The process of probating an estate is simple and complicated at the same time. It is simple in the sense that the personnel at the Probate court have done an excellent job in providing materials and instructions on the court’s website. It is complicated because to probate an estate one has to know, understand and be able to apply the law in preparing forms. For example, what happens when a surviving child is not mentioned in a will? Can he/she inherit anyway? What about a surviving spouse that is not mentioned? Or an unmarried life partner? The administrator/executor must be able to answer questions such as these to fill out one of the forms required to open an estate and in doing so is required to meet the fiduciary standard. Having a lawyer involved makes the process of accurately completing the forms much easier

All assets need to be identified and an inventory be provided to the Probate Court within a specific time frame of getting the Certificate of Appointment. In preparing this inventory for the court, one has to distinguish between probate assets and non-probate assets. This is often not as simple as one might think. For example, depending on the deed, a home may be a probate asset or a non-probate asset. Depending on the beneficiary, a life insurance policy may be a probate on non-probate asset. Bank accounts and retirement plans also may or may not be probate assets. Even the family cars may or may not be includable as probate assets.  Again, having the assistance of an attorney during this phase can make the process easier and much less stressful.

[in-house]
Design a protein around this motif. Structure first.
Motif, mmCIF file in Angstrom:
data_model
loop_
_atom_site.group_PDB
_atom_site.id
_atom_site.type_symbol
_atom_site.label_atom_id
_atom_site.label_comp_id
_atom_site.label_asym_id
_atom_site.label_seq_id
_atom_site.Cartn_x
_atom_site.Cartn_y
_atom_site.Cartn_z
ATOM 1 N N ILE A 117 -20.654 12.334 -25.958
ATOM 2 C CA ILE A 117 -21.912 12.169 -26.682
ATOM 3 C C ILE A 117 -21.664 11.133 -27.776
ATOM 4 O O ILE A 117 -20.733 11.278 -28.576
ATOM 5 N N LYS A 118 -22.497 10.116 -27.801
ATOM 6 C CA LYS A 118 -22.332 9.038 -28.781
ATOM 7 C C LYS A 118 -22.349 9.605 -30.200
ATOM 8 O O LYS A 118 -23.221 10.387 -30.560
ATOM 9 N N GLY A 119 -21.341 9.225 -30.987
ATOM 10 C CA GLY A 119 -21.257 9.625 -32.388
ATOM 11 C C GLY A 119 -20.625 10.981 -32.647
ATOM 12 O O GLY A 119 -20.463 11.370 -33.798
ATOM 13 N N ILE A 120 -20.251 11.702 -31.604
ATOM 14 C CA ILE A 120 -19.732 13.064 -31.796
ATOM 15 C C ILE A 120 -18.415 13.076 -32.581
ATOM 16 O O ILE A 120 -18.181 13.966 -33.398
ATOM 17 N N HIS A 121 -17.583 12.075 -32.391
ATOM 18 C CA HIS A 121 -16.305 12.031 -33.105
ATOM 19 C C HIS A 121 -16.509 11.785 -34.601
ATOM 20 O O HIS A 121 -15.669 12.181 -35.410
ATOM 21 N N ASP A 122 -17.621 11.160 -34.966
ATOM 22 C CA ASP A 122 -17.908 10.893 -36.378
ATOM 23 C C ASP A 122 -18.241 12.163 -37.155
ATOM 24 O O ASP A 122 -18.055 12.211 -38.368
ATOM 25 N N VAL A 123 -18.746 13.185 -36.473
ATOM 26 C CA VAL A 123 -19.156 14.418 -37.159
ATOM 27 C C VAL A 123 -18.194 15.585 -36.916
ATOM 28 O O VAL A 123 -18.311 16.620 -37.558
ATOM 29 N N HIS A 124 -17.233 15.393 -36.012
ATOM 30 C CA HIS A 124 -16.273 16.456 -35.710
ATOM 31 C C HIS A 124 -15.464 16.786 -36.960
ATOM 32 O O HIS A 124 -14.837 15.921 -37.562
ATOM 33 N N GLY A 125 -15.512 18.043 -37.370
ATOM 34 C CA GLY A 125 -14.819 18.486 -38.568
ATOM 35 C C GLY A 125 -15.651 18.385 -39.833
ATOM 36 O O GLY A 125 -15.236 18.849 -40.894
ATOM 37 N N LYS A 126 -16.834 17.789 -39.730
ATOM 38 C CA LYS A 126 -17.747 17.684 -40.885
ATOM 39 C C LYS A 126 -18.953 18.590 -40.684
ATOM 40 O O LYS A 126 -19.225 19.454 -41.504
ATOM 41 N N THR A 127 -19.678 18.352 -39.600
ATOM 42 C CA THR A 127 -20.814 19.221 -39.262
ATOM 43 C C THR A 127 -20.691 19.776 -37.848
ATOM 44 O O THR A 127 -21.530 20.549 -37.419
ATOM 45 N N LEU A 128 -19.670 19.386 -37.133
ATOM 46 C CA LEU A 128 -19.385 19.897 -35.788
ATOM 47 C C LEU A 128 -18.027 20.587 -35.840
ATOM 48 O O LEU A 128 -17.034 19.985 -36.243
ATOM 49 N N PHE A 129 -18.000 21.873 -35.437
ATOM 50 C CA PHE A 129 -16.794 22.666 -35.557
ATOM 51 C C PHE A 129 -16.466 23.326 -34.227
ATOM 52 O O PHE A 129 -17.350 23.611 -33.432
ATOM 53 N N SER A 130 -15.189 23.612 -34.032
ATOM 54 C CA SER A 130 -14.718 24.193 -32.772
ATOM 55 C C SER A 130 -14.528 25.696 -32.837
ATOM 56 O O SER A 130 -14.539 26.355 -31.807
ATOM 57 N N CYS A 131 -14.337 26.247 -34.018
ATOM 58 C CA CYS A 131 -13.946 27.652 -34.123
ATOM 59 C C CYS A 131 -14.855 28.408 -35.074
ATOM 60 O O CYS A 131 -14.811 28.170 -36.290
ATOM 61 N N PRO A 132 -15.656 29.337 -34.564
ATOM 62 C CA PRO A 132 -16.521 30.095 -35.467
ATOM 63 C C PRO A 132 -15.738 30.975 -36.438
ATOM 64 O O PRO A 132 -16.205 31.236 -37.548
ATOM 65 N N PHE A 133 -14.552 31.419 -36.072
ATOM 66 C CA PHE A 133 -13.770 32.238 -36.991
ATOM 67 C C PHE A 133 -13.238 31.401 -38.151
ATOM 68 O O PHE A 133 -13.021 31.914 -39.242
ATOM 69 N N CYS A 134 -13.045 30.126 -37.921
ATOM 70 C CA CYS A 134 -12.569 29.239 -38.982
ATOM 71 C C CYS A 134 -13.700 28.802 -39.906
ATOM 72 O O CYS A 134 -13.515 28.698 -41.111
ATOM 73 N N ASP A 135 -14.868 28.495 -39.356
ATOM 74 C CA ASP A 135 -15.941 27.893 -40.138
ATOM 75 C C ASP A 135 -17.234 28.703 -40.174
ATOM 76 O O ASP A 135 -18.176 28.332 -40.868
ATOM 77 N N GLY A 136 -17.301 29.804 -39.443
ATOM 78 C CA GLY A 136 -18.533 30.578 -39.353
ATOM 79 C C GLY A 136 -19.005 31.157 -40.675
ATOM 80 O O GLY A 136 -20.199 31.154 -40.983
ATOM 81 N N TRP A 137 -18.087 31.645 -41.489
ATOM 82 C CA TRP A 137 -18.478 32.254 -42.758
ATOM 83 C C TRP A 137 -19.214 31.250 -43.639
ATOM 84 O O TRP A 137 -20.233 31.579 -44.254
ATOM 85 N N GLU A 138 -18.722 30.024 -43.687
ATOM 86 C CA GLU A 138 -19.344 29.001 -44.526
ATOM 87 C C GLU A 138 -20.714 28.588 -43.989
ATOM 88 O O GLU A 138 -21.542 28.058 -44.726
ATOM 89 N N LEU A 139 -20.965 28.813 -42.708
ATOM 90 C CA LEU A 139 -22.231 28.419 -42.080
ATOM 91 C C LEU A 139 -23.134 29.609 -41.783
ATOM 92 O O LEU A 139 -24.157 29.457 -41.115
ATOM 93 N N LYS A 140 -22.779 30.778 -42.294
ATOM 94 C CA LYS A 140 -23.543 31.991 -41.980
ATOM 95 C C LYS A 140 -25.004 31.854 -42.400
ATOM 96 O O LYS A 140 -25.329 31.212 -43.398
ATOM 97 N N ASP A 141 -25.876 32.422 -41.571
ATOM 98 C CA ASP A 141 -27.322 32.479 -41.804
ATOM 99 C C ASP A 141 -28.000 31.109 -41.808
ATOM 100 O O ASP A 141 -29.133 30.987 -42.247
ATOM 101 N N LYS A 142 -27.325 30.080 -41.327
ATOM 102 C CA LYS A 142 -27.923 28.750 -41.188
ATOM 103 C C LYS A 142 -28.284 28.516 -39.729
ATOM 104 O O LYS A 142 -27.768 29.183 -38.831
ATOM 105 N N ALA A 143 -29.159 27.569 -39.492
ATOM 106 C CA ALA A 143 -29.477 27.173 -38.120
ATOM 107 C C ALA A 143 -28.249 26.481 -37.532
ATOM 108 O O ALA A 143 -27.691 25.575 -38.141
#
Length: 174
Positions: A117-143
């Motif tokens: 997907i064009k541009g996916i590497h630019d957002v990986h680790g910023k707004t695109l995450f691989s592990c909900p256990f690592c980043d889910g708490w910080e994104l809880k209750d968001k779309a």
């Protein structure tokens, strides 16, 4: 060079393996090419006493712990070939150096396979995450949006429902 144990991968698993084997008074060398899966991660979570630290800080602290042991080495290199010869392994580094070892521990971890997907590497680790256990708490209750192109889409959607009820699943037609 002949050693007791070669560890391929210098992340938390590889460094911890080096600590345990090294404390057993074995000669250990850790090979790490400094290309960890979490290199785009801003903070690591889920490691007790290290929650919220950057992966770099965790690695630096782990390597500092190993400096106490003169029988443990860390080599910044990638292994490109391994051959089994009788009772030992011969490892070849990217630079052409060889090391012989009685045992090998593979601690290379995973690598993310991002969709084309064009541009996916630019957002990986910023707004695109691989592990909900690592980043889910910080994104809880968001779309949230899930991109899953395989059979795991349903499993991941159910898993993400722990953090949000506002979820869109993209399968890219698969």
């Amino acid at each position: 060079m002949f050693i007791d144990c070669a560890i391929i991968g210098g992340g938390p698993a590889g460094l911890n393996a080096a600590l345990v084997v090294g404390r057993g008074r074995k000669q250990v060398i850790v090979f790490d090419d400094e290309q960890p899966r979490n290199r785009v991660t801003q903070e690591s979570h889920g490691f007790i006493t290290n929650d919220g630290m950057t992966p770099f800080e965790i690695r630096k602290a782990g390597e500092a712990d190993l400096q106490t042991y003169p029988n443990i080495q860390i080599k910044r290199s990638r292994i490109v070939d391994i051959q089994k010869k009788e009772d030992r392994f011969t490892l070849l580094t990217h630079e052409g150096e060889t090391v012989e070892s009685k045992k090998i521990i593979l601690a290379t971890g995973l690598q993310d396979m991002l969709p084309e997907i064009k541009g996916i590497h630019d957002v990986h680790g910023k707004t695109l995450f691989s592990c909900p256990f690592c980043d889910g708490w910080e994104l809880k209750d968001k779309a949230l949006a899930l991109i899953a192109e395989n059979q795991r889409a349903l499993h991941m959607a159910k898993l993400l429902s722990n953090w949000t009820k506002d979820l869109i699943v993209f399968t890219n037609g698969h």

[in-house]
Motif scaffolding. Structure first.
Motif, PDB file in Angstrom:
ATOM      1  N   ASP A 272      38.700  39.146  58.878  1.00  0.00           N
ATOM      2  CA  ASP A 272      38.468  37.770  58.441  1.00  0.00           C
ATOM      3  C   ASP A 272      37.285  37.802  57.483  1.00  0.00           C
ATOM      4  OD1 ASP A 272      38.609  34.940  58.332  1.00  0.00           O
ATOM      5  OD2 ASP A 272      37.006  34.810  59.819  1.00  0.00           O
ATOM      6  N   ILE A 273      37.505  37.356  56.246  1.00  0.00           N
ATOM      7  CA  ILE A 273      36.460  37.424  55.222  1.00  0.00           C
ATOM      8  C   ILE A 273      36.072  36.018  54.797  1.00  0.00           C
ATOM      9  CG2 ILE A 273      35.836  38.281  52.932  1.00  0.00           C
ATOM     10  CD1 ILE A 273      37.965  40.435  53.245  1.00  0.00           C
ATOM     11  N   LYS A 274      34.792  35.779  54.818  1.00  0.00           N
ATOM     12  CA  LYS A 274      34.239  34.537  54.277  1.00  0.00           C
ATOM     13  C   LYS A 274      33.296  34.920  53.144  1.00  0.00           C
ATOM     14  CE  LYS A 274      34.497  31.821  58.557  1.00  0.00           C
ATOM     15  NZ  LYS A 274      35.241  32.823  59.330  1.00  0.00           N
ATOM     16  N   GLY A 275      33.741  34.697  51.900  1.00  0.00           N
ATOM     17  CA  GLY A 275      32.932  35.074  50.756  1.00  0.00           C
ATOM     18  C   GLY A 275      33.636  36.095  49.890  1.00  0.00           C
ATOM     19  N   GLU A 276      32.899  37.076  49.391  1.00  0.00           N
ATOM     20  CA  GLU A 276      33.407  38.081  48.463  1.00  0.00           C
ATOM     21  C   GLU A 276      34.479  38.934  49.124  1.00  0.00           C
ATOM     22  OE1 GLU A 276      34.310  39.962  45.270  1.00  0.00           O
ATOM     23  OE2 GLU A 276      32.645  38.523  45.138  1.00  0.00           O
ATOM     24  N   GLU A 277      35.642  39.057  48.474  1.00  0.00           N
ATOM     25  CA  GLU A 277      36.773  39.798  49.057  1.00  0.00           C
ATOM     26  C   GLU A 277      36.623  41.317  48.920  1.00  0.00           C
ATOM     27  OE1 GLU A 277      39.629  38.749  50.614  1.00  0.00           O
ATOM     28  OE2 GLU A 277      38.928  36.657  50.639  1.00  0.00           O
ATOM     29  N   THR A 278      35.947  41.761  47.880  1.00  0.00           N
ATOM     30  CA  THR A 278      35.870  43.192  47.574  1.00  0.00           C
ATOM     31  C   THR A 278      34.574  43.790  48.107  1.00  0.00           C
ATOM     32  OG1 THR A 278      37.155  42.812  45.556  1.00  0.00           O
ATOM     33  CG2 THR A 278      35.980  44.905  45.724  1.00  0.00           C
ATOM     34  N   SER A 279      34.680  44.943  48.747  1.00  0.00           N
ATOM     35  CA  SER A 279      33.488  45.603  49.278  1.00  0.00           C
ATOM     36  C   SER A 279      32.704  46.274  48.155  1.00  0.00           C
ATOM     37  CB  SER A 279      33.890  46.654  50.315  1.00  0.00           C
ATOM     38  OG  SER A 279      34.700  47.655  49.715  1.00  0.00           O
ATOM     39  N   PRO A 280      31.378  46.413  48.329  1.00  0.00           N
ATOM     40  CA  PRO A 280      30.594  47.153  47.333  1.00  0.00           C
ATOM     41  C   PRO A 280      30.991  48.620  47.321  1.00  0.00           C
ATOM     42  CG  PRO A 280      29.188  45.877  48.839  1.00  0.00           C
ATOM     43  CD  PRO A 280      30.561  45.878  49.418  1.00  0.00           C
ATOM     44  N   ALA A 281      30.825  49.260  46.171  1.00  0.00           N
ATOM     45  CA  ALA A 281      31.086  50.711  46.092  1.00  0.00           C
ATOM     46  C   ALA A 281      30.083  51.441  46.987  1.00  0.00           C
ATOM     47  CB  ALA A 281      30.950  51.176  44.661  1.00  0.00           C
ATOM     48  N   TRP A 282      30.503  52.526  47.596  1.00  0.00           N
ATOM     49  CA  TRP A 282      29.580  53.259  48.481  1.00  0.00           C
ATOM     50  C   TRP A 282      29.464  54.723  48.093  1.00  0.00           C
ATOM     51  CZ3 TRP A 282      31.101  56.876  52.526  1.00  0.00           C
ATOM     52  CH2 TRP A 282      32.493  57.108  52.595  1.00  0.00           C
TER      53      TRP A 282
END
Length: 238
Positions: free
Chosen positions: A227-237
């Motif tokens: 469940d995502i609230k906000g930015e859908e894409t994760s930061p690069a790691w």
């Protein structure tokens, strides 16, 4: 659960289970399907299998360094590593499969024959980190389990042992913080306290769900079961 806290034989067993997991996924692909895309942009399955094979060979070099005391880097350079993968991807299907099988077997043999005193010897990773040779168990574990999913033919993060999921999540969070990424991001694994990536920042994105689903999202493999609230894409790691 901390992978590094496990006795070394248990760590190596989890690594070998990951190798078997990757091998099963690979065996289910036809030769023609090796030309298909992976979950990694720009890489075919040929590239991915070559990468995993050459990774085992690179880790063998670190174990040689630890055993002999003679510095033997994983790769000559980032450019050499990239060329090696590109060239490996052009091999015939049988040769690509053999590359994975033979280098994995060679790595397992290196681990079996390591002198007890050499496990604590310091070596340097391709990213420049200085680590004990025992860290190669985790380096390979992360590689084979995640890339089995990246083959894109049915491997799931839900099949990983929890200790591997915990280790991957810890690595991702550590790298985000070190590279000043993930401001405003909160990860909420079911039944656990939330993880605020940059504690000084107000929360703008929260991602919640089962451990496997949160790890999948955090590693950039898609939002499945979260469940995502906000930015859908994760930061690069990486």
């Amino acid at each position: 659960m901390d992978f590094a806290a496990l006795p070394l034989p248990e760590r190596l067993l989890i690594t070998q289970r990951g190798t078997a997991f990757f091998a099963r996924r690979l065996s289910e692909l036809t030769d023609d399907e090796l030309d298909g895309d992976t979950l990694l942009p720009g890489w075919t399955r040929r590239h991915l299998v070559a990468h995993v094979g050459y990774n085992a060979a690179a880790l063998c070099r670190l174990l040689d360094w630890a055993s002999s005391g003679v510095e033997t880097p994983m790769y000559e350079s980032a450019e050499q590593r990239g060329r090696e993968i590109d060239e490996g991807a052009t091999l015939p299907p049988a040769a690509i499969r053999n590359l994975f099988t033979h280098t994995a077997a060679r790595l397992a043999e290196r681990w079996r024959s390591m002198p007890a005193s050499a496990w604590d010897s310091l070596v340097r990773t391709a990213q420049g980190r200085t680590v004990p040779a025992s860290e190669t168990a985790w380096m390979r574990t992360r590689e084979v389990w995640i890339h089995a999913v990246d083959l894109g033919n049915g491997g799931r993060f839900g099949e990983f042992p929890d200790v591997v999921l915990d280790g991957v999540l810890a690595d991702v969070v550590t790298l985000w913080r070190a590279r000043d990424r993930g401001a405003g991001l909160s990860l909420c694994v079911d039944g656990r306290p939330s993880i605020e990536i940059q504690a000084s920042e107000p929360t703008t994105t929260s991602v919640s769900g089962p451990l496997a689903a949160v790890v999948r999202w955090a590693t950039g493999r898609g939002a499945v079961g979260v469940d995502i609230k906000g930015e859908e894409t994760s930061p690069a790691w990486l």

What else happens during the process of probating an estate is dependent on a number of different things.  If there are no other outstanding issues, a Waiver of Administration may be appropriate as soon as six months after the Certificate of Appointment is issued. If 12 months have passed after the Certificate of Appointment was issued, an executor/administrator’s accounting will need to be submitted. There may be other rules that need to be followed in other scenarios that have not been discussed in this note. All and all the process can be quite overwhelming, particularly given the fiduciary obligation discussed in an earlier column. Using a law office to assist in the process will relieve that pressure. At Parnell, Michels and McKay we have many years of experience in handling probate matters and will knowingly, intelligently and with empathy guide you through the process. Contact us if you need assistance. 

Tuesday, January 23, 2018

Guardianship of Minor and the Opioid Crisis